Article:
Culture, Review

The Great Waking Up! The writing world responds to the climate emergency at Manchester Poetry Library

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Featured image: Manchester Poetry Library


As the weather changed from hail to sunshine for the fifth time that day, prevalent panellists met at the Manchester Poetry Library to discuss how the literary community is responding to the climate emergency. Although this weather is typical for Manchester, it feels slightly ominous when paired with this current climate conversation.

The Great Waking Up! event panelists included Monique Roffey, award-winning writer and lecturer in Creative Writing at Manchester Met’s Manchester Writing School and co-founder of Writers Rebel, joined by novelist James Miller, poet Chris Redmond, poet and podcaster Leena Norms, and poet and organiser of Poets for the Planet, Jacqueline Saphra.

Monique opened the event with a discussion on the recently introduced elective to Manchester Writing School’s curriculum, ‘Greenwriting’. ‘Greenwriting’ explores how creative writers can engage with ecological emergencies during a time of crisis, also teaching students how to bring traditionally non-fiction perspectives into the realm of fiction. 

Roffey highlighted that in the past, writers used climate change as a plot point for sci-fi and dystopian novels. It was perceived as outlandish – something that would never actually happen. However, in 2019 the UK parliament declared a climate emergency. With this, people have been forced to accept that this is no longer fiction. Writers Rebel was born with the incentive to encourage creatives and writers alike to take action. 

The multi-platform, writer-led activist group attached to Extinction Rebellion, enables writers to write and speak about climate change. The group are committed to “using the power of words to claim a safer, fairer future for all the planet’s inhabitants“.

Roffey was joined by panelist James Miller, novelist and another co-founder of Writers Rebel. Miller introduced himself by sharing that he published a ‘cli-fi’ (climate fiction) dystopian novel in 2010. When writing the novel, Miller struggled to conceptualise when this dystopian ‘future’ would be – at that time, there wasn’t as much talk about the climate crisis. 

Millier explained the beginning of Writers Rebel; how he helped organise one of the first Extinction Rebellion protests in 2019, in Trafalgar Square. He reminisced that he ran the social media for Extinction Rebellion for two and a half years and “got out alive”. 

Roffey shared her admiration for how these protests encouraged writers to leave their comfort zone, “Putting literature where literature didn’t exist before, in a rebellion space, onto the streets and in places where you don’t expect to hear poetry.”

The next panelist, Chris Redmond, poet and host of Tongue Fu poetry night and one-half of Hot Poets, contested the idea that writers are solitary people. His poetry nights encourage collaboration and focus on community.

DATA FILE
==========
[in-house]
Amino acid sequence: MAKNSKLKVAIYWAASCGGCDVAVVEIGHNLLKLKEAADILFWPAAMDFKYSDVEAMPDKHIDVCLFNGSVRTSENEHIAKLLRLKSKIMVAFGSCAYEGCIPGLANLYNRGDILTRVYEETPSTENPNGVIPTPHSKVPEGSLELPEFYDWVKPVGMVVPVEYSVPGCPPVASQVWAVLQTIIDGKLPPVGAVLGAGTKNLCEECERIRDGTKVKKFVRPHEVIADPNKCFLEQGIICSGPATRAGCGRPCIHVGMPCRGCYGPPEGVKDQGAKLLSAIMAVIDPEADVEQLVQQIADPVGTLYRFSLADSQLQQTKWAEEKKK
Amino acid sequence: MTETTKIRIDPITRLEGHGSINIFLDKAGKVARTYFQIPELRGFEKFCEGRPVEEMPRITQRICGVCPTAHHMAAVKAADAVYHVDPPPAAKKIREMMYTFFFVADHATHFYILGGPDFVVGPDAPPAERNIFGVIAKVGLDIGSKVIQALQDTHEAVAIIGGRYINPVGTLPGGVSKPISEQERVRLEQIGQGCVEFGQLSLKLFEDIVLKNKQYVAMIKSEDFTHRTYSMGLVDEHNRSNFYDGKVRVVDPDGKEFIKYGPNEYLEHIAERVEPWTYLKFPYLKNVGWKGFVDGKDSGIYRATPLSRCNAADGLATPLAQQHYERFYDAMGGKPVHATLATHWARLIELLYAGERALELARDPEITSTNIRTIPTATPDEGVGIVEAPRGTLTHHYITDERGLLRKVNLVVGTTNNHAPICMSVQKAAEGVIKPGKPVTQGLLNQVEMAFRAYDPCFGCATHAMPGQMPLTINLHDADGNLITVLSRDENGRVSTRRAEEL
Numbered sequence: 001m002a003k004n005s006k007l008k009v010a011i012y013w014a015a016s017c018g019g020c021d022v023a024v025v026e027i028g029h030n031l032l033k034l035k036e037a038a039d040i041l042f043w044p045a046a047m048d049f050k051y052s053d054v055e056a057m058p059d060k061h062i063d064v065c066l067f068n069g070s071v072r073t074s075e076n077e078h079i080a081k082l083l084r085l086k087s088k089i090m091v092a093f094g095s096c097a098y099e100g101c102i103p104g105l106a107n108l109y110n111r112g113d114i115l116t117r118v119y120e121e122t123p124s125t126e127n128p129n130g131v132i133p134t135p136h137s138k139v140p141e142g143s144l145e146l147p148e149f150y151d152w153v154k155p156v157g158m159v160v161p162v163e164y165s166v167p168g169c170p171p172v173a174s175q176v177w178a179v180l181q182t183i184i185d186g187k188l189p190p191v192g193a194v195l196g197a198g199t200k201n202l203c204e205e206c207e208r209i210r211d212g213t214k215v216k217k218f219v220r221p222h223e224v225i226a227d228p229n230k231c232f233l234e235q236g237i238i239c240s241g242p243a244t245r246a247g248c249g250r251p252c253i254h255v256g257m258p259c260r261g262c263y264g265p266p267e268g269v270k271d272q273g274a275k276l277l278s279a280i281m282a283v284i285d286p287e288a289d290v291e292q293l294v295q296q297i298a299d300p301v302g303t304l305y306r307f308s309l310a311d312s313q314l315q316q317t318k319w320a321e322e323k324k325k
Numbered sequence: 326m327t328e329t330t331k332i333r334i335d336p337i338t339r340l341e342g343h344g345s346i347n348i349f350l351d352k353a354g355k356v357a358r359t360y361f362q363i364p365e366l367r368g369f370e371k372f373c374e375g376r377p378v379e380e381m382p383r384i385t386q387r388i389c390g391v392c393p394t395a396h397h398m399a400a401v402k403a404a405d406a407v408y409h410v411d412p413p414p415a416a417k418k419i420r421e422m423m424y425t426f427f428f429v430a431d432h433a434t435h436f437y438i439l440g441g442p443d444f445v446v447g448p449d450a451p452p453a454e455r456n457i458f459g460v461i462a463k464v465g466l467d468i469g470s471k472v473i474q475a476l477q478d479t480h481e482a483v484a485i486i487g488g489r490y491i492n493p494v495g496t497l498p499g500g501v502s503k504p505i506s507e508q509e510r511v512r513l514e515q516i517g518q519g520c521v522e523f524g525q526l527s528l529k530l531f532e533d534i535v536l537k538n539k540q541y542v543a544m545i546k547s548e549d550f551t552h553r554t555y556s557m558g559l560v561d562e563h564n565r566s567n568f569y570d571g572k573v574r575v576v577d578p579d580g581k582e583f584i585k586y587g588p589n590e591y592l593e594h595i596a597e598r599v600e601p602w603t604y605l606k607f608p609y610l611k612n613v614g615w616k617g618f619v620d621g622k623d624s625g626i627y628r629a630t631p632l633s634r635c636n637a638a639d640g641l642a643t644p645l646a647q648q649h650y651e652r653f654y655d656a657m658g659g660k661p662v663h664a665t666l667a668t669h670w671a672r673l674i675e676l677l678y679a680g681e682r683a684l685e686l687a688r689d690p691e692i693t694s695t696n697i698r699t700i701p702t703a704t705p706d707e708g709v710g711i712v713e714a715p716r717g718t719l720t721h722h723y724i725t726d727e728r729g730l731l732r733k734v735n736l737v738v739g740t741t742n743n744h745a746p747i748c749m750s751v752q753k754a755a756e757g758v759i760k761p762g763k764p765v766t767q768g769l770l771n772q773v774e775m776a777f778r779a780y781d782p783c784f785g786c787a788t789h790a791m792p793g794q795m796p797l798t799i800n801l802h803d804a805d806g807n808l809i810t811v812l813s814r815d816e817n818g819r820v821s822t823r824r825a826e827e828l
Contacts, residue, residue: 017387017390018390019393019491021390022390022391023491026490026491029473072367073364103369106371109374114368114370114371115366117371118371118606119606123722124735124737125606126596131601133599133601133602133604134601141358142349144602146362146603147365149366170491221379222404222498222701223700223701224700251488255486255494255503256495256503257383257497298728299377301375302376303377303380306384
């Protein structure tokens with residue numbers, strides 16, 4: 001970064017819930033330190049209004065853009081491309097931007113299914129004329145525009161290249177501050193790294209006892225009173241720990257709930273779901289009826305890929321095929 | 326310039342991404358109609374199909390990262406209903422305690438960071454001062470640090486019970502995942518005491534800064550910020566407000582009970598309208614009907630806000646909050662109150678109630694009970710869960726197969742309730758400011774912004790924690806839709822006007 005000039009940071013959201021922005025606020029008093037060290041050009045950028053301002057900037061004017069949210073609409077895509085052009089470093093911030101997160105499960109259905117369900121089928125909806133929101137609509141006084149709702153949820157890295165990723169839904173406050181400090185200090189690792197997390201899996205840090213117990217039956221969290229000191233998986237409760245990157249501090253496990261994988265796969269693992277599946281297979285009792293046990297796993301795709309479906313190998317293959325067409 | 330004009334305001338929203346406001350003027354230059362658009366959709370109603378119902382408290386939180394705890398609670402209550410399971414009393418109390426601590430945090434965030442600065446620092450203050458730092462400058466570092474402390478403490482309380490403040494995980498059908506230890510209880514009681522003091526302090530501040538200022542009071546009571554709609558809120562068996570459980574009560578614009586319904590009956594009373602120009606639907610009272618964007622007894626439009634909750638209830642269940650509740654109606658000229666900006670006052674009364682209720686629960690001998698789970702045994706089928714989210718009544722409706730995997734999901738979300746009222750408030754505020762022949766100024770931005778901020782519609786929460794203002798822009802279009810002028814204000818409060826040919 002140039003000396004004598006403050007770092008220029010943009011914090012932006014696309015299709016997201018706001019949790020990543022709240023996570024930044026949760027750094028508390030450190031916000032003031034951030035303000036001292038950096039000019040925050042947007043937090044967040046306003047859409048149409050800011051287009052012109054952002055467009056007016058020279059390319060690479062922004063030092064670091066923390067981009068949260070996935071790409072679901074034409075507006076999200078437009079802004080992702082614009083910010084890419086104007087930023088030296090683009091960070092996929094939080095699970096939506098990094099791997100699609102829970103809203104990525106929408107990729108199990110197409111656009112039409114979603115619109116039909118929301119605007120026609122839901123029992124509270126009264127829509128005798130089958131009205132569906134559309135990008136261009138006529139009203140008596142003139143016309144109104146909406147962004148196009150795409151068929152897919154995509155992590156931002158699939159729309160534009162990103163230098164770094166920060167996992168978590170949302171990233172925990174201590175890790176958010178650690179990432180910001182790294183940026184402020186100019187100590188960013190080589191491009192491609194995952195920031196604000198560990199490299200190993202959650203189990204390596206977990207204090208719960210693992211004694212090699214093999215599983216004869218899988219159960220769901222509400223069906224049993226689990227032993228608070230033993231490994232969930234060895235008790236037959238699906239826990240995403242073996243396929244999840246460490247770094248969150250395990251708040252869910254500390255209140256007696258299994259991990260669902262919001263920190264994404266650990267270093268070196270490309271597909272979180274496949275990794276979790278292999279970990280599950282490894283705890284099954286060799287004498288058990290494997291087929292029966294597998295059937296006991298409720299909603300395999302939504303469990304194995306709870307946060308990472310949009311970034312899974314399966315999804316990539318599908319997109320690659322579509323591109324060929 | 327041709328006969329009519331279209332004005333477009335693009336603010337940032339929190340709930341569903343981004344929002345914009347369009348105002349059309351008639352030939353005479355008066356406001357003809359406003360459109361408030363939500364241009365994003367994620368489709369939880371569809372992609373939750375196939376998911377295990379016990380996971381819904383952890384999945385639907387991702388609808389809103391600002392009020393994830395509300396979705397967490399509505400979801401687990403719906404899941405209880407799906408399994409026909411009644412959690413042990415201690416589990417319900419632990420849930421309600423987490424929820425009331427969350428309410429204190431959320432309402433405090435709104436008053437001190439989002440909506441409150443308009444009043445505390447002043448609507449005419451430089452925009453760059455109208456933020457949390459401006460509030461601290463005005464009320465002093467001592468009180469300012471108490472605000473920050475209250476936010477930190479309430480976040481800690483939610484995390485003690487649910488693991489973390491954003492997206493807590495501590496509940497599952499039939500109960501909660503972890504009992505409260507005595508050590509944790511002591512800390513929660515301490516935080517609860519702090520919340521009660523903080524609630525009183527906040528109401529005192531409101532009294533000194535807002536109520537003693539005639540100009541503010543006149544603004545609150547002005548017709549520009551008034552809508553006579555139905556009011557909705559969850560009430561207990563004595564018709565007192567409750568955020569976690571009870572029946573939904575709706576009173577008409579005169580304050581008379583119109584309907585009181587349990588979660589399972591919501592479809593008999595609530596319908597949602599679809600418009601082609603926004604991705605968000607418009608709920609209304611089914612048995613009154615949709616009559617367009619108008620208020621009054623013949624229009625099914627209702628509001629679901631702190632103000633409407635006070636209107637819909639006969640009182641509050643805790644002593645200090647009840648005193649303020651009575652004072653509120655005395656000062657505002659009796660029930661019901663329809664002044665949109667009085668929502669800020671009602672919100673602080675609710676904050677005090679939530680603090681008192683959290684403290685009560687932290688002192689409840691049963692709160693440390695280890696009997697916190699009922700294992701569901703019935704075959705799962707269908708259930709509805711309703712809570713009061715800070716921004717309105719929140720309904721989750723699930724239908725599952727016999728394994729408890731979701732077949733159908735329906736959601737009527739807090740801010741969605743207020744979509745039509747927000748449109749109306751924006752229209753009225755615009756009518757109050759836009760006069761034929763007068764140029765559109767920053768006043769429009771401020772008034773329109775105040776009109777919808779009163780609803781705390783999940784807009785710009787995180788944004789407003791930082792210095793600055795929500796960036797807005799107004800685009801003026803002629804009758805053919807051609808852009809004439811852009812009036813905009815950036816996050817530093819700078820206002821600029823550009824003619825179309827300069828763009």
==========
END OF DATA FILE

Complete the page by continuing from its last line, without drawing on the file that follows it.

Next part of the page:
Redmond hadn’t intended to focus his work on climate change until he saw the success of Writers Rebel, realising the enormous impact poetry can have on the world. He experienced this first hand when his business partner Liz Torc’s poem ‘The Human Emergency’ went viral and was used at protests. 

Hot Poets was born when Redmond met Michal Nachmany, an author, researcher and advisor. Redmond praised the new elective ‘Greenwriting’ for contributing to creating cultural change through changing the writing narrative – a creative approach which the two have been working to integrate. 

Hot Poets explores artists’ power while working with leading scientists, which Redmond described as mind-blowing. His role had previously been: “Protester and disrupter.” According to Redmond, the way to invoke real change is to start from the bottom up, from the grassroots.

The next speaker was panelist Leena Norms, a content creator and podcaster. Norms’s monthly podcast ‘No Books on a Dead Planet’ which discusses climate change, in particular books about climate change, has gathered around 50K listeners. She stated that she aims to be a funnel for climate content, someone who encourages her viewers to read books surrounding the climate crisis. 

Norms shared that her climate change awakening came through reading, and the fact that there may be a time in the future where books don’t exist is terrifying to her.  

The final panelist was Jacqueline Saphra, an award-winning poet and organiser of Poets for the Planet. Saphra began by comparing herself to the meme of the old lady holding a sign that says, “I can’t believe I’m still protesting this shit.” 

While Saphra’s writing has always been politically motivated, she had never thought of using writing as a form of activism, until conducting her first ‘Poem-athon’ in 2016, which raised £30,000 for the refugee crisis. This idea developed into ‘Poets For The Planet’.

Saphra said, “The idea [is] that if there are enough of us, we can create change. But in a world where change seems so impossible, we have to have the imagination, and we have to have the will, and we have to have each other.”

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Amber Bermingham

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